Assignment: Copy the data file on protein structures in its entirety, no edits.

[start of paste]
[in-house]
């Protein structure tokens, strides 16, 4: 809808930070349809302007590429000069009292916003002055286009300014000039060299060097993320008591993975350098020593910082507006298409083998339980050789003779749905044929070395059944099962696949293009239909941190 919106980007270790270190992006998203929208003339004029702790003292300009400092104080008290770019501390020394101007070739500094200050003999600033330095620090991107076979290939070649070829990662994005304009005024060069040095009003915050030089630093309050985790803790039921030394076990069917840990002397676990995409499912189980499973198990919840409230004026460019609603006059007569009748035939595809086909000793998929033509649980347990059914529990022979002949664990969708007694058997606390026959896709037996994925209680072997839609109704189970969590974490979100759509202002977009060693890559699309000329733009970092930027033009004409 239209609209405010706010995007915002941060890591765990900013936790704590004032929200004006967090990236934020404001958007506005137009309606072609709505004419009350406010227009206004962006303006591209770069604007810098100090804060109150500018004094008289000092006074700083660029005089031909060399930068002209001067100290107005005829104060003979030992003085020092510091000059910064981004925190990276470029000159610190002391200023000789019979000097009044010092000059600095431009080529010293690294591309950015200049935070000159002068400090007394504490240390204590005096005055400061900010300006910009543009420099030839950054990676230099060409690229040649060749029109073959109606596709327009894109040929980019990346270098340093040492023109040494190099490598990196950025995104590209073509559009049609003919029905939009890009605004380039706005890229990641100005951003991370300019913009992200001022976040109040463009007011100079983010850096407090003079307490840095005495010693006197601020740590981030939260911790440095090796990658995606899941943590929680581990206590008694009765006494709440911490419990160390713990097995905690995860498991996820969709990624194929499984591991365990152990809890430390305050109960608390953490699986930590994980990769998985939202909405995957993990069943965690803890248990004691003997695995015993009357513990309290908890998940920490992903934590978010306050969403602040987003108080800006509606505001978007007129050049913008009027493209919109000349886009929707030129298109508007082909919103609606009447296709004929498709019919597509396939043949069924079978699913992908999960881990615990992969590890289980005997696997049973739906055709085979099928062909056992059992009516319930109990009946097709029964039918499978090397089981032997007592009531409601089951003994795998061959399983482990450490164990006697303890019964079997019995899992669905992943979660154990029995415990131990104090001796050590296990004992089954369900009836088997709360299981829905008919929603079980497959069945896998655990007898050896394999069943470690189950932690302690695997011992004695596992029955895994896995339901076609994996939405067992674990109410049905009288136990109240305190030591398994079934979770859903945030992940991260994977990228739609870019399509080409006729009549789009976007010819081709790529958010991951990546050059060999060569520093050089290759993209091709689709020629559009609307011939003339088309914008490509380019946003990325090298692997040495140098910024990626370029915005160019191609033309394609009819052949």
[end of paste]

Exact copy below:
[in-house]
């Protein structure tokens, strides 16, 4: 809808930070349809302007590429000069009292916003002055286009300014000039060299060097993320008591993975350098020593910082507006298409083998339980050789003779749905044929070395059944099962696949293009239909941190 919106980007270790270190992006998203929208003339004029702790003292300009400092104080008290770019501390020394101007070739500094200050003999600033330095620090991107076979290939070649070829990662994005304009005024060069040095009003915050030089630093309050985790803790039921030394076990069917840990002397676990995409499912189980499973198990919840409230004026460019609603006059007569009748035939595809086909000793998929033509649980347990059914529990022979002949664990969708007694058997606390026959896709037996994925209680072997839609109704189970969590974490979100759509202002977009060693890559699309000329733009970092930027033009004409 239209609209405010706010995007915002941060890591765990900013936790704590004032929200004006967090990236934020404001958007506005137009309606072609709505004419009350406010227009206004962006303006591209770069604007810098100090804060109150500018004094008289000092006074700083660029005089031909060399930068002209001067100290107005005829104060003979030992003085020092510091000059910064981004925190990276470029000159610190002391200023000789019979000097009044010092000059600095431009080529010293690294591309950015200049935070000159002068400090007394504490240390204590005096005055400061900010300006910009543009420099030839950054990676230099060409690229040649060749029109073959109606596709327009894109040929980019990346270098340093040492023109040494190099490598990196950025995104590209073509559009049609003919029905939009890009605004380039706005890229990641100005951003991370300019913009992200001022976040109040463009007011100079983010850096407090003079307490840095005495010693006197601020740590981030939260911790440095090796990658995606899941943590929680581990206590008694009765006494709440911490419990160390713990097995905690995860498991996820969709990624194929499984591991365990152990809890430390305050109960608390953490699986930590994980990769998985939202909405995957993990069943965690803890248990004691003997695995015993009357513990309290908890998940920490992903934590978010306050969403602040987003108080800006509606505001978007007129050049913008009027493209919109000349886009929707030129298109508007082909919103609606009447296709004929498709019919597509396939043949069924079978699913992908999960881990615990992969590890289980005997696997049973739906055709085979099928062909056992059992009516319930109990009946097709029964039918499978090397089981032997007592009531409601089951003994795998061959399983482990450490164990006697303890019964079997019995899992669905992943979660154990029995415990131990104090001796050590296990004992089954369900009836088997709360299981829905008919929603079980497959069945896998655990007898050896394999069943470690189950932690302690695997011992004695596992029955895994896995339901076609994996939405067992674990109410049905009288136990109240305190030591398994079934979770859903945030992940991260994977990228739609870019399509080409006729009549789009976007010819081709790529958010991951990546050059060999060569520093050089290759993209091709689709020629559009609307011939003339088309914008490509380019946003990325090298692997040495140098910024990626370029915005160019191609033309394609009819052949």